If Jeremiah preached today, I think he would repeat this same message. 

Jeremiah knew what God could bless and what God would judge. Jeremiah knew God has always wanted his people to know his will, his direction, and his warnings. 

What did God speak to the lost culture of Jeremiah’s day? 

“Stand by the roads, and look, ask for the ancient paths, where the good way is.” 

God wants his people to stop and assess their journey. God wants us to ask where the good way is. It is an ancient path. The good way is the truth that has always been truth. 

God’s word hasn’t changed. The interpretation of God’s word, the importance of God’s word, and the perception of God’s word are what is changing. 

His word is an ancient path, and it is a path that has been well-marked. A lot of people have walked it for a long time. If we walk it, we find our way home. The ancient way is the good way. There is only one path, because one is enough. 

God said to ask where the good way is and walk in it. God wanted us to find rest for our souls. The only time I’ve ever been afraid on a hike is when I couldn’t find the path and felt lost. 

All of us have been that little boy, looking around a crowded mall, unable to find our dad. Thankfully, Dad is always watching and quick to find us. But, those are the times I missed the blessings I could have owned. There are consequences to making wrong choices. 

God doesn’t want us to worry. God doesn’t want us to live with the anxiety that comes from feeling lost. He wants us to rest in the fact that the ancient path has always led people home. That path always will.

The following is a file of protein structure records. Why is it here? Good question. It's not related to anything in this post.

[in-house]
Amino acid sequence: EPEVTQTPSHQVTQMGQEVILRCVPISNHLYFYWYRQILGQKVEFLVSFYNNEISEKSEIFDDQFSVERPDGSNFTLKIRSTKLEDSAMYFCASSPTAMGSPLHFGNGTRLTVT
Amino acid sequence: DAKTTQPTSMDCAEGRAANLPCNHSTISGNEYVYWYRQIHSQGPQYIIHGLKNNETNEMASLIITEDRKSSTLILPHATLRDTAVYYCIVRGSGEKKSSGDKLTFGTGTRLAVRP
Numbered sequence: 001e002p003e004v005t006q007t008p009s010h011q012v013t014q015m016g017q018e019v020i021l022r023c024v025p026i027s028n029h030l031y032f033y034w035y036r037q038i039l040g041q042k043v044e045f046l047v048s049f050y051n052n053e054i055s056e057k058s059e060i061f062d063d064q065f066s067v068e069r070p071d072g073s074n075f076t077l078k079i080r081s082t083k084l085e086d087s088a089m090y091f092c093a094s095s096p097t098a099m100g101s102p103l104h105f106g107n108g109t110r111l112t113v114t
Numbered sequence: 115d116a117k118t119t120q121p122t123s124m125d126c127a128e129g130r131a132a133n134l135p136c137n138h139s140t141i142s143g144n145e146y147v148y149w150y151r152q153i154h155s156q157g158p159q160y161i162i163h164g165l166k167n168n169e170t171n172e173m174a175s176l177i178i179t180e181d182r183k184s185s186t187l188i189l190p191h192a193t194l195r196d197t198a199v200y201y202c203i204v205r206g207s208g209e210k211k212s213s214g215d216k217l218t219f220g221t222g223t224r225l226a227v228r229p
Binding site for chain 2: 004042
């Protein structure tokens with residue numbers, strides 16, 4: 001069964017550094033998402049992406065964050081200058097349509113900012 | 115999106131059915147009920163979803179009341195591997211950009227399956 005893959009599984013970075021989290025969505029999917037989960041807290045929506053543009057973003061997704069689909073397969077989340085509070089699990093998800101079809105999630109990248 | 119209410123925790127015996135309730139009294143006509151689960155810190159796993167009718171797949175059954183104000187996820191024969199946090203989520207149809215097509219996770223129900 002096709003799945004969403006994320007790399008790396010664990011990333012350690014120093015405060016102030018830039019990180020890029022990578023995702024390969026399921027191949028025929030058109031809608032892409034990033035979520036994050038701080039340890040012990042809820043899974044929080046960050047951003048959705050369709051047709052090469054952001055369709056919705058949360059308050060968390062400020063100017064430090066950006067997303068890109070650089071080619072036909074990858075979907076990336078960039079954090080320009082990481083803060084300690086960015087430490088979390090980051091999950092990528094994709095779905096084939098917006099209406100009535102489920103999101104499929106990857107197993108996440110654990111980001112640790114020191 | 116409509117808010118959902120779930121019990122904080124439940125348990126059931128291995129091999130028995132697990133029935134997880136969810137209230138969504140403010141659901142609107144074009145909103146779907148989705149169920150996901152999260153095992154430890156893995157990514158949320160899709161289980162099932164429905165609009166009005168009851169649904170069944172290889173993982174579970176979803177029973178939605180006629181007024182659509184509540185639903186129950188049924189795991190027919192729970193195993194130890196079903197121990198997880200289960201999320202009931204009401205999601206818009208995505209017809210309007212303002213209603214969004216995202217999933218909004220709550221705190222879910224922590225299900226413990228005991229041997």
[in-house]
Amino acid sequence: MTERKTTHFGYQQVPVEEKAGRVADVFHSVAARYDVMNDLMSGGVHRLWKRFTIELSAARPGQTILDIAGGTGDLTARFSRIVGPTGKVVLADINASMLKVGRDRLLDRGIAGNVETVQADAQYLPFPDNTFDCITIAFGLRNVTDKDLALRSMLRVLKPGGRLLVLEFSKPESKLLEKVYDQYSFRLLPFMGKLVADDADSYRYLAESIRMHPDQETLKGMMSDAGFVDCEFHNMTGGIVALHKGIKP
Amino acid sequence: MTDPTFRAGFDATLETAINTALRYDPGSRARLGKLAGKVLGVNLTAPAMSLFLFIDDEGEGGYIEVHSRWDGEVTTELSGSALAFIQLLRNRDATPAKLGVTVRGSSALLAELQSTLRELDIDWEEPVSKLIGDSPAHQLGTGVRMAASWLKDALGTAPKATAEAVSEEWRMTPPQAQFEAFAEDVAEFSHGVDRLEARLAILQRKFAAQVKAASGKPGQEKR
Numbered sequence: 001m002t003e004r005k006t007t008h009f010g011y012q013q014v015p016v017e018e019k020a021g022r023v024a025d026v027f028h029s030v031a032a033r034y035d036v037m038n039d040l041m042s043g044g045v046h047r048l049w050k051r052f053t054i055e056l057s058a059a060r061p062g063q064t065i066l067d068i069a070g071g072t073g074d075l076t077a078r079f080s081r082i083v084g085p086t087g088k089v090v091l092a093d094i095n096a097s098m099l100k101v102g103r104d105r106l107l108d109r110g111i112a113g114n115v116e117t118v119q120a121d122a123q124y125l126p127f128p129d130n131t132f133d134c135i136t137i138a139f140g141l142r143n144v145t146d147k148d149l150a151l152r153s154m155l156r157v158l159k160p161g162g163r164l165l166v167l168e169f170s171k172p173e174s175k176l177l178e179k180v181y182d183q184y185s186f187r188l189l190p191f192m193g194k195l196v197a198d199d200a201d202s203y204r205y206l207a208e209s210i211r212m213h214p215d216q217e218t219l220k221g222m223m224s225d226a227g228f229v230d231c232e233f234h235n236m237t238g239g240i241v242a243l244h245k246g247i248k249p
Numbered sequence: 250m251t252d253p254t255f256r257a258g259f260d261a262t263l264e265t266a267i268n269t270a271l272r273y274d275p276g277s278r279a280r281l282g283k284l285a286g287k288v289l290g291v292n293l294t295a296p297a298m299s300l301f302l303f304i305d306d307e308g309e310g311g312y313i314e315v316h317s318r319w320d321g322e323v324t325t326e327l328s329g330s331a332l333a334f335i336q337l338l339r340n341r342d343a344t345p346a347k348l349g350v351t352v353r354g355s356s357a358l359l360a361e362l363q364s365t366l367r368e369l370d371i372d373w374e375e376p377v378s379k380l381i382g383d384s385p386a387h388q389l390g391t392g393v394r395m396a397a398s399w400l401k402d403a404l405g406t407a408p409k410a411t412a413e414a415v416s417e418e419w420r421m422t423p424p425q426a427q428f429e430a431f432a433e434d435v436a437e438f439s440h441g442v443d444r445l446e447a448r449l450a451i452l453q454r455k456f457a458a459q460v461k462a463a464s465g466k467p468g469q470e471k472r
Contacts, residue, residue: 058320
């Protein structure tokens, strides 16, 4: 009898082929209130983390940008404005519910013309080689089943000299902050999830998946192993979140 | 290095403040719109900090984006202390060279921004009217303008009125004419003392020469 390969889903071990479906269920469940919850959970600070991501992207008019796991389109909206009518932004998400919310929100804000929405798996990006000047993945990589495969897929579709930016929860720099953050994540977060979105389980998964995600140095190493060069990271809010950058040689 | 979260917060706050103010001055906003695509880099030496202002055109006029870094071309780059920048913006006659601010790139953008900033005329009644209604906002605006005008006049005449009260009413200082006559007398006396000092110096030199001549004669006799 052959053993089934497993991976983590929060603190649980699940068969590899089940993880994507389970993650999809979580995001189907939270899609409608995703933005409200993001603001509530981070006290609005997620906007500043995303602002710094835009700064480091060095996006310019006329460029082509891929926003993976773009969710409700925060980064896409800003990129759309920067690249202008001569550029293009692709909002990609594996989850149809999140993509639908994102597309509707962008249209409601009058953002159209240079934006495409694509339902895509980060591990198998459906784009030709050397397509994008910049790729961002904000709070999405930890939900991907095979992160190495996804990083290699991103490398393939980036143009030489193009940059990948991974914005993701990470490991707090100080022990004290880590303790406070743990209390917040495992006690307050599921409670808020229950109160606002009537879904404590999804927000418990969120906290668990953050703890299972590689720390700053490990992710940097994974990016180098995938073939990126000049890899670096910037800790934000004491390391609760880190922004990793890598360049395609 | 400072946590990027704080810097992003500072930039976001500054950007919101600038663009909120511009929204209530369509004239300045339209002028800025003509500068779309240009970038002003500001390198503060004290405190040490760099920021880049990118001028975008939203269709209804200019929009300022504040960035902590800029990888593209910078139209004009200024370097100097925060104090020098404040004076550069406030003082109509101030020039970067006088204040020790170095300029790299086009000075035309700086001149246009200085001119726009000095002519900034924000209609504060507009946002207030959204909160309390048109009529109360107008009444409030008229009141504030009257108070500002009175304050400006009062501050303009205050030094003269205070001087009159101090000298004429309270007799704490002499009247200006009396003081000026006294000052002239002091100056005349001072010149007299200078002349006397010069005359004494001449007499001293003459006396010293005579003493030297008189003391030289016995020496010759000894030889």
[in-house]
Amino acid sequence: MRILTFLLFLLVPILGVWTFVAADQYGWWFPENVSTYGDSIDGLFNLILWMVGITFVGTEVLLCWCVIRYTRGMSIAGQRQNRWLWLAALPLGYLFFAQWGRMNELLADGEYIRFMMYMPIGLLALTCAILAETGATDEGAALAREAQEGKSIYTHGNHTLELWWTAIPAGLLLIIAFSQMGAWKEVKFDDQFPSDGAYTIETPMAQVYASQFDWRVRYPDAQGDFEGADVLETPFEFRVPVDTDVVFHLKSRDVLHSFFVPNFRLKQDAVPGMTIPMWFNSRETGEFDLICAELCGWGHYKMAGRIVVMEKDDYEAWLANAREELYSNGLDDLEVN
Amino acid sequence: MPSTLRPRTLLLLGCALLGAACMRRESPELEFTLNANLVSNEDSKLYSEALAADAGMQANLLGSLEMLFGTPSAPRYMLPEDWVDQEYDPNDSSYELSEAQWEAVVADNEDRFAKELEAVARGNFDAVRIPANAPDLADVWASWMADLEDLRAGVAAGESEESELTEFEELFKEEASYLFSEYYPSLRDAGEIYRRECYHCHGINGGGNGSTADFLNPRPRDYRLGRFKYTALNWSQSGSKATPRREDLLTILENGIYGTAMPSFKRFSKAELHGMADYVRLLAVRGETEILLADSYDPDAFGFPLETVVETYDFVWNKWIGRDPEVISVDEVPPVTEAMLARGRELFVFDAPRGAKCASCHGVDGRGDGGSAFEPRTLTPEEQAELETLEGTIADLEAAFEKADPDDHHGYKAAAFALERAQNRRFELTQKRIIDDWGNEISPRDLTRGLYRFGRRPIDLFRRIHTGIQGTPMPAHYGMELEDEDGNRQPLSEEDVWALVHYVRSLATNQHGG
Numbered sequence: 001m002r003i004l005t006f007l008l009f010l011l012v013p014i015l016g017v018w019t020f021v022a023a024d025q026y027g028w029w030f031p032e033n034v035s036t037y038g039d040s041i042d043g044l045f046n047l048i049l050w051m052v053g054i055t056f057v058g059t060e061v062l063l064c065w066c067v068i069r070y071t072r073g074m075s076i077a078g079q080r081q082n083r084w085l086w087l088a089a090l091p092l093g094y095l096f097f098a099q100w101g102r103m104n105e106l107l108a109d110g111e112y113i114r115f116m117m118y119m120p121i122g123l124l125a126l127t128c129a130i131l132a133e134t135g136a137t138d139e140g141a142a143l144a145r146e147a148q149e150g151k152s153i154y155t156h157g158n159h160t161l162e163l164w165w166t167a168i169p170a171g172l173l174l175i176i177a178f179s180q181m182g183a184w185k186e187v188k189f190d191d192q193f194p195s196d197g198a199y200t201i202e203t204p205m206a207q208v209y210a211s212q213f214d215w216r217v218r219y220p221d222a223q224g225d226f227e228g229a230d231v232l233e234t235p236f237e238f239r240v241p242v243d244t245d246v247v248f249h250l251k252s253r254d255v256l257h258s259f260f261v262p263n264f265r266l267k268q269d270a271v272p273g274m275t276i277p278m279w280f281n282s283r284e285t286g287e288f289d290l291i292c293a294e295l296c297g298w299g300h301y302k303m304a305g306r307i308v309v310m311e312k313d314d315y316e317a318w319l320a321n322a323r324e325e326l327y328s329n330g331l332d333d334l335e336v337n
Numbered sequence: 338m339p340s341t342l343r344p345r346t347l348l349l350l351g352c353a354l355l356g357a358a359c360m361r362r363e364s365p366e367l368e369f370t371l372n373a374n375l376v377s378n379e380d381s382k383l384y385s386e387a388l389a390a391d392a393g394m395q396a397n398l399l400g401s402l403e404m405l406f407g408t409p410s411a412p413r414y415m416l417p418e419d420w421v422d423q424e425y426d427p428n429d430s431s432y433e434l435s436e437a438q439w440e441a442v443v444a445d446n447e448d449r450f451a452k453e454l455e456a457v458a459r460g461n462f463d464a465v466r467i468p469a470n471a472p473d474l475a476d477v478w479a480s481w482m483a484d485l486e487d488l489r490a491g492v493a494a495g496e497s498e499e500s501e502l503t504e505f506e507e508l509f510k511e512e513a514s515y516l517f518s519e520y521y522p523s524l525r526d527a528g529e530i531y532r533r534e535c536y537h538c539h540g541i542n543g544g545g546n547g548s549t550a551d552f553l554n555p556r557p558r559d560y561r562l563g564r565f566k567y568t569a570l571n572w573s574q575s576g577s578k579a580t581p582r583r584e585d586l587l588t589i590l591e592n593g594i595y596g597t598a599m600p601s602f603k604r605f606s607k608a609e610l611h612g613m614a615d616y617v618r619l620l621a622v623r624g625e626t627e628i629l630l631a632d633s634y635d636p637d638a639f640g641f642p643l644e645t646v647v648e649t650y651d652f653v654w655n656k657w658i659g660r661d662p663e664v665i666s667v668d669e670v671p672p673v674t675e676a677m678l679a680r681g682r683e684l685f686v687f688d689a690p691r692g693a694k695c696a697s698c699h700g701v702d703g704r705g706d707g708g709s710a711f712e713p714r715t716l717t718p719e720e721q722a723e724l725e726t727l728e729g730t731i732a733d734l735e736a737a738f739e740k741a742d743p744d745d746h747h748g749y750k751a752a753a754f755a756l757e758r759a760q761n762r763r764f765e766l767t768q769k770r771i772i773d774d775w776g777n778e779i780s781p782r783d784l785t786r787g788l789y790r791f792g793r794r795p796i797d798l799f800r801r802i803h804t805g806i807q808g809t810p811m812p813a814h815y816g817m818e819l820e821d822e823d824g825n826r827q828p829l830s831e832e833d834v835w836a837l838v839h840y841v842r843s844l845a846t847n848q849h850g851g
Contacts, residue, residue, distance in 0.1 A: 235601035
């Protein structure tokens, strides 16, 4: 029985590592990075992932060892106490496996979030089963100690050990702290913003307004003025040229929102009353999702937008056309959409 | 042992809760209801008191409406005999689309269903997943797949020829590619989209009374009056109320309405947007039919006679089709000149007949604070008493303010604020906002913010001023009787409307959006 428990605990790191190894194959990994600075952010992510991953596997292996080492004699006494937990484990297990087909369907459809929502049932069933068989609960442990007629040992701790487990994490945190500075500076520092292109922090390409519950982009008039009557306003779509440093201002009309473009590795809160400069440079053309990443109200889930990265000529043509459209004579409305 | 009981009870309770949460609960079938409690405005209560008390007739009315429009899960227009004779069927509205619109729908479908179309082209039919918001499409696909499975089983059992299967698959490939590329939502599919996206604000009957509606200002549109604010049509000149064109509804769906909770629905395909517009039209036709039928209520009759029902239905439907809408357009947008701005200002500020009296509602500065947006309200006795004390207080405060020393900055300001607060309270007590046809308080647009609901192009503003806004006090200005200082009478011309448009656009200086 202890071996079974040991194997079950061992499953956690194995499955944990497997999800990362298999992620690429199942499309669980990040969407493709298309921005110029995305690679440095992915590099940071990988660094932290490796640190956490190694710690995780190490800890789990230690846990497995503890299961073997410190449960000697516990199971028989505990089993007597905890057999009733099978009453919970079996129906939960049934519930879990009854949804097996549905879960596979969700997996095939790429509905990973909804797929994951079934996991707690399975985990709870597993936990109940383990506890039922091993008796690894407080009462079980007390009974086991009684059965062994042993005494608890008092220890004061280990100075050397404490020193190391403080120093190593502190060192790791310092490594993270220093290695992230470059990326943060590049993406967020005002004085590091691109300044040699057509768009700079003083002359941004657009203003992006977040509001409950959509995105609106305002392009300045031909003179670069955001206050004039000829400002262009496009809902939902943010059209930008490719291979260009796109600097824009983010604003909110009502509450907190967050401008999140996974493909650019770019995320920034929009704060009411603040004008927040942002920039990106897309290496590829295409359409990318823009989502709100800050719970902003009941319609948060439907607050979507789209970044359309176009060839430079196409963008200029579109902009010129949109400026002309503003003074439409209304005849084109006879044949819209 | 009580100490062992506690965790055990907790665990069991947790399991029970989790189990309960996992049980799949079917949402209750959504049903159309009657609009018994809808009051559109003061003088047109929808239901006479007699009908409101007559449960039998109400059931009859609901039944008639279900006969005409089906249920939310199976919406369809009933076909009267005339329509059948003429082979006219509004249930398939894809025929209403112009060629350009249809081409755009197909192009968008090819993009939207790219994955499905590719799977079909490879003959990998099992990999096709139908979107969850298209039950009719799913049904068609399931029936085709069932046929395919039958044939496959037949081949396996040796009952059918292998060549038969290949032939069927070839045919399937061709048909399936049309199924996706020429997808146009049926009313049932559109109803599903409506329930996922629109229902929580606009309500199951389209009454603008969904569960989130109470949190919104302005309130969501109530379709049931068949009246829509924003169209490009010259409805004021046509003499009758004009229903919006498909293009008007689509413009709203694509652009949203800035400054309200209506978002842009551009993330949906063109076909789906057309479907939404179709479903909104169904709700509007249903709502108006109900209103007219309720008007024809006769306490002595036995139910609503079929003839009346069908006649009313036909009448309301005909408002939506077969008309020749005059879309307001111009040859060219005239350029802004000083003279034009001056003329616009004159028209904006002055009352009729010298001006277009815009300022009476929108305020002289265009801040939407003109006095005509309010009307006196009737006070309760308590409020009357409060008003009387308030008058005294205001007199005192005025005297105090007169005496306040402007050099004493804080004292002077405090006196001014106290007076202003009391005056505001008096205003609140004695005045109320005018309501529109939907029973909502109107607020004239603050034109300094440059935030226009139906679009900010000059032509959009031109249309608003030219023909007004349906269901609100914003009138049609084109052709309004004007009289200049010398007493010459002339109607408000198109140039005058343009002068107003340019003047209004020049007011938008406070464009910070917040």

I teach this often: If it was biblical truth one hundred years ago, two hundred years ago, two thousand years ago—it is still truth today. 

God’s word describes some behaviors and prescribes others. It’s important to study the totality of God’s word to understand that difference. 

There was a time when a lot of people thought God’s word endorsed slavery. God’s word described slavery as a reality of our fallen world. Some people say that God’s plan for a sexual relationship has changed. From Genesis to Revelation, across thousands of years and many cultures, God only endorsed one sexual relationship. A lot of churches have left the ancient path of truth to adapt to the opinions of the culture. Those of us who teach the Bible know that there will be consequences. God has always judged those who “misrepresented” him to the world. 


Most of the time, when Jeremiah 6:16 is quoted, the last few words are omitted. But, the last few words make the point. 

Jeremiah told his people that God wanted them to ask for the ancient path, the good way. God wanted them to walk that path and find rest for their souls. But, Jeremiah’s people said what a lot of God’s people are saying today: “We will not walk in it.” 

The little boy didn’t get the car because he wandered off. His dad wanted to bless him, but teaching him was more important. His dad wanted to keep him safe, so he allowed him to experience what lost felt like. 

In many ways, that describes our culture today, but it doesn’t have to describe you. 

Ask for the ancient path, the good way. 

Walk in the truth that has always been truth and you will find rest for your soul. 

The next time you feel lost, look backward and you will know how to move ahead.